There's more than a small possibility that the photographer left some form of surveillance equipment in the White House.
With all the communication between Russian government officials and the presidential campaign of Donald Trump, you'd think someone at the White House would know that the Kremlin is home to professional trolls.
Yesterday, less than 24 hours after he fired Federal Bureau of Investigation director James Comey, who was investigating Russian meddling in the presidential election, President Donald Trump held a meeting with Russian government officials and barred any American news outlets from attending.
The hosts also discussed news that Deputy Attorney General Rod Rosenstein threatened to resign after the White House tried to pin Donald Trump's firing of James Comey on him.
The lack of independent USA media and the presence of a Russian state photographer in the room, however, raises serious concerns for the photojournalists assigned to cover the White House. Trump on Wednesday welcomed Vladimir Putins top diplomat to the White House for Trumps highest level face-to-face contact with a Russian government official since he took office in January.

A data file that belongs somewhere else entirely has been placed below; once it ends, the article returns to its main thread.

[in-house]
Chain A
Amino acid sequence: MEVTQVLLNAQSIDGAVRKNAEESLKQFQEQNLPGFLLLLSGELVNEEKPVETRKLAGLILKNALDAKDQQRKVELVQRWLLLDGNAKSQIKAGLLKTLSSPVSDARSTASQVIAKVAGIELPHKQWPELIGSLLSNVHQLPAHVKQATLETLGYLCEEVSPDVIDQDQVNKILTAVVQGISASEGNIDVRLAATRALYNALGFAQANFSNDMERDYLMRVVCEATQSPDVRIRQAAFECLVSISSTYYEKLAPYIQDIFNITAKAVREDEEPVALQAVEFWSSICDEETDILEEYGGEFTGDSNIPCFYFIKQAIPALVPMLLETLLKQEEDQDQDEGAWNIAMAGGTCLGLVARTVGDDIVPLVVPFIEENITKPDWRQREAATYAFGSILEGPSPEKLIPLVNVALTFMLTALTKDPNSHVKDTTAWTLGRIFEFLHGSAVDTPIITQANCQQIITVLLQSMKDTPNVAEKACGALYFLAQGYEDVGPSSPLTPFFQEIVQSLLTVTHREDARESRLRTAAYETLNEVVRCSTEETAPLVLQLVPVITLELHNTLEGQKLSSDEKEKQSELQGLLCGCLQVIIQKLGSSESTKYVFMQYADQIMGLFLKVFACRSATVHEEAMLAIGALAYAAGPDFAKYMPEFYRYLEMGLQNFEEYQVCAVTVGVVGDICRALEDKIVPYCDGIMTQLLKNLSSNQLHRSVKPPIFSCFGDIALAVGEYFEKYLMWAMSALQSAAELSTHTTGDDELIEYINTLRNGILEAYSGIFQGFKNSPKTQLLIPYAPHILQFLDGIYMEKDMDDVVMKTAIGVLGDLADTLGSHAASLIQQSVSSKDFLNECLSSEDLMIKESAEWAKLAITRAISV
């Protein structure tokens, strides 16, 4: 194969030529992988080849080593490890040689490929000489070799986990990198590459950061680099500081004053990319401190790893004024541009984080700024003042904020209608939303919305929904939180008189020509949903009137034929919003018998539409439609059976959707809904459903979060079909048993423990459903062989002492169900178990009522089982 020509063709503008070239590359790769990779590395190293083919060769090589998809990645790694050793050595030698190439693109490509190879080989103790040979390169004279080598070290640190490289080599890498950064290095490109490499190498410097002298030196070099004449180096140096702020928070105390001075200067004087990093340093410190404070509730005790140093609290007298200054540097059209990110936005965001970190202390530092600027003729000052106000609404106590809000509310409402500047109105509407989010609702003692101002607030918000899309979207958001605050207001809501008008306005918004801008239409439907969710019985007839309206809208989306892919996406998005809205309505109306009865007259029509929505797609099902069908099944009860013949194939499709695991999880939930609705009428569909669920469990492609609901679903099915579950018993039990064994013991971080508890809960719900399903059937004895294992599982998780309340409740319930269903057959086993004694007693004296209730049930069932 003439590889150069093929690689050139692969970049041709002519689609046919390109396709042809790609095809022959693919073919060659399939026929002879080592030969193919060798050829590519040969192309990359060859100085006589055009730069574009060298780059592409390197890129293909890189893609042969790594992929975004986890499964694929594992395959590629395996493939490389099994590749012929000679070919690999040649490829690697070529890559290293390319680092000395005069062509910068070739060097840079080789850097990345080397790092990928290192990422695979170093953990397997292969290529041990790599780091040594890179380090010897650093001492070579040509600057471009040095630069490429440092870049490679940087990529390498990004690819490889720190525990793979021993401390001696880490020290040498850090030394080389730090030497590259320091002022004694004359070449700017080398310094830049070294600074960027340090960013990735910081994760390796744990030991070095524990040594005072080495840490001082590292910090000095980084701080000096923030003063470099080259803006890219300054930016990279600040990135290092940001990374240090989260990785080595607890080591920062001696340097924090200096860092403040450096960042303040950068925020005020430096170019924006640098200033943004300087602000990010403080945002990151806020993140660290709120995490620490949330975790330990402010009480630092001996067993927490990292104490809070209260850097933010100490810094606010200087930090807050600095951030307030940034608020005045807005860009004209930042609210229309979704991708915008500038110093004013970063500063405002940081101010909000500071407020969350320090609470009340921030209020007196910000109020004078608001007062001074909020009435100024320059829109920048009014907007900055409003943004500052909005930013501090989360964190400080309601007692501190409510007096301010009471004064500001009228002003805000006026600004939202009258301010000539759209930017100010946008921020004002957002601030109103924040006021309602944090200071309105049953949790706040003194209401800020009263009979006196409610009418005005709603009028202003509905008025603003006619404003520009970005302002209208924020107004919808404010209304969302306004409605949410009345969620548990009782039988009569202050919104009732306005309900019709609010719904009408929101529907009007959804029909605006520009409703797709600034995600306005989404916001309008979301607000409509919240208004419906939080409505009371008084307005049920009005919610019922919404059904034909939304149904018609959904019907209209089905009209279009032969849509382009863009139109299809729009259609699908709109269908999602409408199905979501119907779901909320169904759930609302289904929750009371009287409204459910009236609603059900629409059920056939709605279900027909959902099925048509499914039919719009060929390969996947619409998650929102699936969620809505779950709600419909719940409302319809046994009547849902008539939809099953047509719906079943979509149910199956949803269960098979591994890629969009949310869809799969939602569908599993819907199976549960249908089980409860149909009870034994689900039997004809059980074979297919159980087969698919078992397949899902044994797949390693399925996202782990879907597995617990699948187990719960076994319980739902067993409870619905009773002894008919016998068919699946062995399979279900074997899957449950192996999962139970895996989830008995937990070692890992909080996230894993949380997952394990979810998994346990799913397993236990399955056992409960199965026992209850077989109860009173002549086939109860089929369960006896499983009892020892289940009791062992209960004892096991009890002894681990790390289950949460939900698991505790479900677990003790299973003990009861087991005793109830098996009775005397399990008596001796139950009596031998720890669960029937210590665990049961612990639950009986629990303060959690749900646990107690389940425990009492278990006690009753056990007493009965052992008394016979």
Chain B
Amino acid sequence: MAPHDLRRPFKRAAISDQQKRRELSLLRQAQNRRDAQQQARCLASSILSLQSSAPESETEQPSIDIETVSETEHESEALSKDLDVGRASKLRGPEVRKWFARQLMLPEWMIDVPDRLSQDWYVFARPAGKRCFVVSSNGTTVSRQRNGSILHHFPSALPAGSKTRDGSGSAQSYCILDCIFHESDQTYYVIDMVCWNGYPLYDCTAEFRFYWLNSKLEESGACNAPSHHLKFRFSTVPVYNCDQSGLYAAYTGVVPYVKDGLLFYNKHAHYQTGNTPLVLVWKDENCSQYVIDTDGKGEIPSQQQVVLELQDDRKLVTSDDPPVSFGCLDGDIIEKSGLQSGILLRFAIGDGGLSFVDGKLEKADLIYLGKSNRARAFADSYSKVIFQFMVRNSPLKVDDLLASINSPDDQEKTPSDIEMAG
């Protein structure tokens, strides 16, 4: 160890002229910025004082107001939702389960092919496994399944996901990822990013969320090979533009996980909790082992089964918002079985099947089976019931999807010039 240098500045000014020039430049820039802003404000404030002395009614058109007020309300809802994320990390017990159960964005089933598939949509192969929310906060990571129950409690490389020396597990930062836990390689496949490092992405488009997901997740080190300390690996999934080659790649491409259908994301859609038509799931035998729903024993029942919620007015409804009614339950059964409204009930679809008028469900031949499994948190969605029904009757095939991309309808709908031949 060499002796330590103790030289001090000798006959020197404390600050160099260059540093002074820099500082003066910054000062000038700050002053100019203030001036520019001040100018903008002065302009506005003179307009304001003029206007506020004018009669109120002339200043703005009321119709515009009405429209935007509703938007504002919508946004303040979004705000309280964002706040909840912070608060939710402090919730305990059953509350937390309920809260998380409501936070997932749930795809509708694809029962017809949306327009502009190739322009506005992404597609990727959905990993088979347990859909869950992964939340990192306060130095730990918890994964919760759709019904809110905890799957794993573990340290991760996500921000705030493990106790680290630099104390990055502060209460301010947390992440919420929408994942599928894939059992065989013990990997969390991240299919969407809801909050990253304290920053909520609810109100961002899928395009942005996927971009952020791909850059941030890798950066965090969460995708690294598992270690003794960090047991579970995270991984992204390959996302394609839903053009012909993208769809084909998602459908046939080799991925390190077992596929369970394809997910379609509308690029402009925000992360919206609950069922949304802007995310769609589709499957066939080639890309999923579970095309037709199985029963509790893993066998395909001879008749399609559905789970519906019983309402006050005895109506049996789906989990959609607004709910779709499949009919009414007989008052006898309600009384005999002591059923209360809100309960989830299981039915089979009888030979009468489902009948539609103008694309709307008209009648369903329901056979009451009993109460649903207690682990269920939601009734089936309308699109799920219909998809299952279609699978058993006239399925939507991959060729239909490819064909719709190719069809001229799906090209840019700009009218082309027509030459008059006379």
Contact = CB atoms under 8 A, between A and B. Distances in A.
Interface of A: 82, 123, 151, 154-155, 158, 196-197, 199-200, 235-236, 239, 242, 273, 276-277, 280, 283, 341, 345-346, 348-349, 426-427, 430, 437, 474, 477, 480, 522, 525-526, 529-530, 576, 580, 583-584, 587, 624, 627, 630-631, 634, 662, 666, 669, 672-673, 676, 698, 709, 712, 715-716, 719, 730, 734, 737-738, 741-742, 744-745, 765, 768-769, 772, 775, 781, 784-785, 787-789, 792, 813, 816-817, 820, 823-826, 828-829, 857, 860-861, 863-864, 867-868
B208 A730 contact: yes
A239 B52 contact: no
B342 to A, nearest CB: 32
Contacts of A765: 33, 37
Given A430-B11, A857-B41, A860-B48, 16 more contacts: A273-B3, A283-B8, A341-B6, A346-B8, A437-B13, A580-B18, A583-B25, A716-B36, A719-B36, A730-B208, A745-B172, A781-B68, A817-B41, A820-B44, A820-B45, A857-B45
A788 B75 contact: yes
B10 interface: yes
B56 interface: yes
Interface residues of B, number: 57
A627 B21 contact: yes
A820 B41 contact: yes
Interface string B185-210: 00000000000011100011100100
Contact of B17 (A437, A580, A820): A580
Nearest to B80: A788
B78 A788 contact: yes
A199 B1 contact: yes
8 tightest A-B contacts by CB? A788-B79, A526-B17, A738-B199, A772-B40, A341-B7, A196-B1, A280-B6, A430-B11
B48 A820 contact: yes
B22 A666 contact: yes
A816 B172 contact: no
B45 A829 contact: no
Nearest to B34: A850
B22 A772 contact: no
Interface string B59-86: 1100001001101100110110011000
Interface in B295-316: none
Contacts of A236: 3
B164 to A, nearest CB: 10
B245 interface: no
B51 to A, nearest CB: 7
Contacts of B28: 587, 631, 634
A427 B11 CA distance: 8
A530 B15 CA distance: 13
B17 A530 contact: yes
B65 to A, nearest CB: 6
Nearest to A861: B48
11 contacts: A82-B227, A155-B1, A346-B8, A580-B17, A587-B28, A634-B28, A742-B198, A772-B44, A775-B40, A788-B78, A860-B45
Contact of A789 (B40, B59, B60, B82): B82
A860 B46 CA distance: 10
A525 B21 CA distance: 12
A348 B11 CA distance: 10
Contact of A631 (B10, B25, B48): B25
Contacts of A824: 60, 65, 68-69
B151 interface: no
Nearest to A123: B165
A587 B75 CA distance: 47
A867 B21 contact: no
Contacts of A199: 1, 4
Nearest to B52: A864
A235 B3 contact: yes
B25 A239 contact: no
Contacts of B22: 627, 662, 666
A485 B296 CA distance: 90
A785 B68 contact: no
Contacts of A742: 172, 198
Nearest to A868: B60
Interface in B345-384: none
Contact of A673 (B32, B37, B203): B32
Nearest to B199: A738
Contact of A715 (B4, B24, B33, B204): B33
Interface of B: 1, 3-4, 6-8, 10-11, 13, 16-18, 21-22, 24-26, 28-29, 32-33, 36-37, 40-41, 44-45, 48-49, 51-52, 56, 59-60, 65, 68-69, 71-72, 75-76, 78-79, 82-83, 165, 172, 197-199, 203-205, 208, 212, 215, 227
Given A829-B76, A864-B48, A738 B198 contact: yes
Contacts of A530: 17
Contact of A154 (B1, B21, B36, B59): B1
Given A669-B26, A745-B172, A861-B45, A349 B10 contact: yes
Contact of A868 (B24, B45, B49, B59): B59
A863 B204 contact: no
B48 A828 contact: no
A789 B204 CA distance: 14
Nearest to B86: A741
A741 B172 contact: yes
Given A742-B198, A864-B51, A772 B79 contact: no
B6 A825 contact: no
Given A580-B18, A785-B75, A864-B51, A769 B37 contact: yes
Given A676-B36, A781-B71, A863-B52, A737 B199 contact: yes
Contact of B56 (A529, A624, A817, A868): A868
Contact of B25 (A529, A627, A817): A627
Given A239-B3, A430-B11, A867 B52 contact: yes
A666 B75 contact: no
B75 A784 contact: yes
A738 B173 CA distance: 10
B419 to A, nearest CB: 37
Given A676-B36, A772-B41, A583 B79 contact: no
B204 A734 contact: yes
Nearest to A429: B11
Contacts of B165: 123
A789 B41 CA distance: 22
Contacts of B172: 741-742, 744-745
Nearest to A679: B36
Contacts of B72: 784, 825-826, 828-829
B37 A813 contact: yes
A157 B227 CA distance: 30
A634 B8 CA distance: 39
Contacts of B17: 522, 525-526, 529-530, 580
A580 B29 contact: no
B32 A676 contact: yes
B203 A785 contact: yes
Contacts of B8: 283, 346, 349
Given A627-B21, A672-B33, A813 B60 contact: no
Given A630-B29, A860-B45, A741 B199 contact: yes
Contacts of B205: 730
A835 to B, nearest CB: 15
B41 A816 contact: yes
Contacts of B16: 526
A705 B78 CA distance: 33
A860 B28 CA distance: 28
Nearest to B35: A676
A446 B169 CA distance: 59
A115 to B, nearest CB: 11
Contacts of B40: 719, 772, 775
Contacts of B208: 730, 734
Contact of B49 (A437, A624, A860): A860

Sergei Kislyak, Russia's ambassador who was in the meeting, has been a large part of the current controversy. The meeting hadn't been listed on the president's official schedule.
Trump on Thursday blew up that narrative entirely when he told NBC News' Lester Holt that he had already chose to fire Comey "regardless of recommendation".
The official also rejected security concerns about allowing Russian officials into the Oval Office, including Kislyak, who is widely considered to be a spy by U.S. intelligence officials.
"When I spoke with Putin, he asked me whether or not I would see Lavrov", Trump said.
Trump said "when I chose to just do it, I said to myself, I said "you know, this Russian Federation thing with Trump and Russian Federation is a made up story, it's an excuse by the Democrats for having lost an election that they should have won".
Trump said he wasn't concerned about potential bad optics of meeting with Lavrov and Kislyak a day after firing Comey. "I think things are happening that are really, really, really positive". Oh, I know. It's nearly like it doesn't make sense. "Your question looks very amusing for me". "I'm looking to do a great job for the country".
His post was re-posted by Russian Foreign Ministry spokeswoman Maria Zakharova.